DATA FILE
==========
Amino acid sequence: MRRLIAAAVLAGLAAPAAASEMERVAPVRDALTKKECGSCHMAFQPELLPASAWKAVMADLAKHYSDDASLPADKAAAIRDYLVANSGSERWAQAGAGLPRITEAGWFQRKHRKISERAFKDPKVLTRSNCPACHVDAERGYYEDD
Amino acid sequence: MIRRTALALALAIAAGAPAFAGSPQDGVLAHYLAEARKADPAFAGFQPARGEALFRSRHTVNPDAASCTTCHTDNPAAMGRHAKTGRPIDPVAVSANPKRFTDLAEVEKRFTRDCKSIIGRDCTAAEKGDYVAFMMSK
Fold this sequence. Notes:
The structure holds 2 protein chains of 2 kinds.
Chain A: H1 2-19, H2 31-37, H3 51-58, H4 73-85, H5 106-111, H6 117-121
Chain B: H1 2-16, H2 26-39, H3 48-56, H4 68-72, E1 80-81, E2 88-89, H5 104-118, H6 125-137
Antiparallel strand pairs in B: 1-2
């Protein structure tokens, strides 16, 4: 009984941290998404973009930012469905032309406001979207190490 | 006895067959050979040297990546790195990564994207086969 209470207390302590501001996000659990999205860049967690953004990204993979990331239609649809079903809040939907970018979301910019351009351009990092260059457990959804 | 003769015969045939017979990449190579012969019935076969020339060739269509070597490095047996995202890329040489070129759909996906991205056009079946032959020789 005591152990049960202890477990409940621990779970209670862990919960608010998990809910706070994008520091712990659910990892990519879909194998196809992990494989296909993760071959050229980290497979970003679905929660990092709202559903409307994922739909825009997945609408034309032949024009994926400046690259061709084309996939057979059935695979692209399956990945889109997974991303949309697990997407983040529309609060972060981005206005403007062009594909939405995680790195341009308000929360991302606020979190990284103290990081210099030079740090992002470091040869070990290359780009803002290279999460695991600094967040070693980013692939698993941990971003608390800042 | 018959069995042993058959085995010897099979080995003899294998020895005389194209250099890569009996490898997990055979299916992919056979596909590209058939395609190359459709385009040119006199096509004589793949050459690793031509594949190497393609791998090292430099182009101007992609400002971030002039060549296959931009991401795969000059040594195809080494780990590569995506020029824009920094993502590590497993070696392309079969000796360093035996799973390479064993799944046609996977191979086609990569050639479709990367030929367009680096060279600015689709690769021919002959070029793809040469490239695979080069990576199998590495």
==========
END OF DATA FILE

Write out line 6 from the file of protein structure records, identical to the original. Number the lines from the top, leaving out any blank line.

Chain B: H1 2-16, H2 26-39, H3 48-56, H4 68-72, E1 80-81, E2 88-89, H5 104-118, H6 125-137